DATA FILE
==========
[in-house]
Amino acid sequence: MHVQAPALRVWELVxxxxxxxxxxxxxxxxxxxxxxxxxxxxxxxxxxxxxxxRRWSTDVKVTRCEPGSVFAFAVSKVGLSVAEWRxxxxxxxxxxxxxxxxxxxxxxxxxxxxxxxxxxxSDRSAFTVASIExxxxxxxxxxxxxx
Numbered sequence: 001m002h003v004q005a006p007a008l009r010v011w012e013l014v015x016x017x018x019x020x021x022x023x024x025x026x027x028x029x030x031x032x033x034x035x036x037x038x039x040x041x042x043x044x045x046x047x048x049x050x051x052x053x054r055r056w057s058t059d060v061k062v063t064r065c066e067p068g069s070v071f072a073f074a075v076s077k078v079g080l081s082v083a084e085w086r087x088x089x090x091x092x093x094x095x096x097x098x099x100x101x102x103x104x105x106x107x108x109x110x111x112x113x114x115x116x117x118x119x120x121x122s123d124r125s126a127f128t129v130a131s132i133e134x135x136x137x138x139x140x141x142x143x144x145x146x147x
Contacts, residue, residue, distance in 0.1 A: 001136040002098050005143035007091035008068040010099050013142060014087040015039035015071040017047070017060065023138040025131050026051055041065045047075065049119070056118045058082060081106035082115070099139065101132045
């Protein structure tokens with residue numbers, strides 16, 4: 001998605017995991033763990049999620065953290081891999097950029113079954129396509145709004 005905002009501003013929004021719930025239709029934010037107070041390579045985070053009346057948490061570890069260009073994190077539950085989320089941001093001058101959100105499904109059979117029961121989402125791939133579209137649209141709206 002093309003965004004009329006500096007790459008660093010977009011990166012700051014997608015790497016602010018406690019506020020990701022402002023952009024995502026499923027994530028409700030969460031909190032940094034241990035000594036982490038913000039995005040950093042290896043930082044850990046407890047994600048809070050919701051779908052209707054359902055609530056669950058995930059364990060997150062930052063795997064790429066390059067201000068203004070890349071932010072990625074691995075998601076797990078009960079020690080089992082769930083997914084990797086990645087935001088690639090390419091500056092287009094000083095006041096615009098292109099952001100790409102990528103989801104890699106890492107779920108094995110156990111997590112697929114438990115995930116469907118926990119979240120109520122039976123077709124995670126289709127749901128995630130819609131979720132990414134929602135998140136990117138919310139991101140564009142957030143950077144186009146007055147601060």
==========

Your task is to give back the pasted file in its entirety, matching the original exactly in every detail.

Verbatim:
[in-house]
Amino acid sequence: MHVQAPALRVWELVxxxxxxxxxxxxxxxxxxxxxxxxxxxxxxxxxxxxxxxRRWSTDVKVTRCEPGSVFAFAVSKVGLSVAEWRxxxxxxxxxxxxxxxxxxxxxxxxxxxxxxxxxxxSDRSAFTVASIExxxxxxxxxxxxxx
Numbered sequence: 001m002h003v004q005a006p007a008l009r010v011w012e013l014v015x016x017x018x019x020x021x022x023x024x025x026x027x028x029x030x031x032x033x034x035x036x037x038x039x040x041x042x043x044x045x046x047x048x049x050x051x052x053x054r055r056w057s058t059d060v061k062v063t064r065c066e067p068g069s070v071f072a073f074a075v076s077k078v079g080l081s082v083a084e085w086r087x088x089x090x091x092x093x094x095x096x097x098x099x100x101x102x103x104x105x106x107x108x109x110x111x112x113x114x115x116x117x118x119x120x121x122s123d124r125s126a127f128t129v130a131s132i133e134x135x136x137x138x139x140x141x142x143x144x145x146x147x
Contacts, residue, residue, distance in 0.1 A: 001136040002098050005143035007091035008068040010099050013142060014087040015039035015071040017047070017060065023138040025131050026051055041065045047075065049119070056118045058082060081106035082115070099139065101132045
């Protein structure tokens with residue numbers, strides 16, 4: 001998605017995991033763990049999620065953290081891999097950029113079954129396509145709004 005905002009501003013929004021719930025239709029934010037107070041390579045985070053009346057948490061570890069260009073994190077539950085989320089941001093001058101959100105499904109059979117029961121989402125791939133579209137649209141709206 002093309003965004004009329006500096007790459008660093010977009011990166012700051014997608015790497016602010018406690019506020020990701022402002023952009024995502026499923027994530028409700030969460031909190032940094034241990035000594036982490038913000039995005040950093042290896043930082044850990046407890047994600048809070050919701051779908052209707054359902055609530056669950058995930059364990060997150062930052063795997064790429066390059067201000068203004070890349071932010072990625074691995075998601076797990078009960079020690080089992082769930083997914084990797086990645087935001088690639090390419091500056092287009094000083095006041096615009098292109099952001100790409102990528103989801104890699106890492107779920108094995110156990111997590112697929114438990115995930116469907118926990119979240120109520122039976123077709124995670126289709127749901128995630130819609131979720132990414134929602135998140136990117138919310139991101140564009142957030143950077144186009146007055147601060």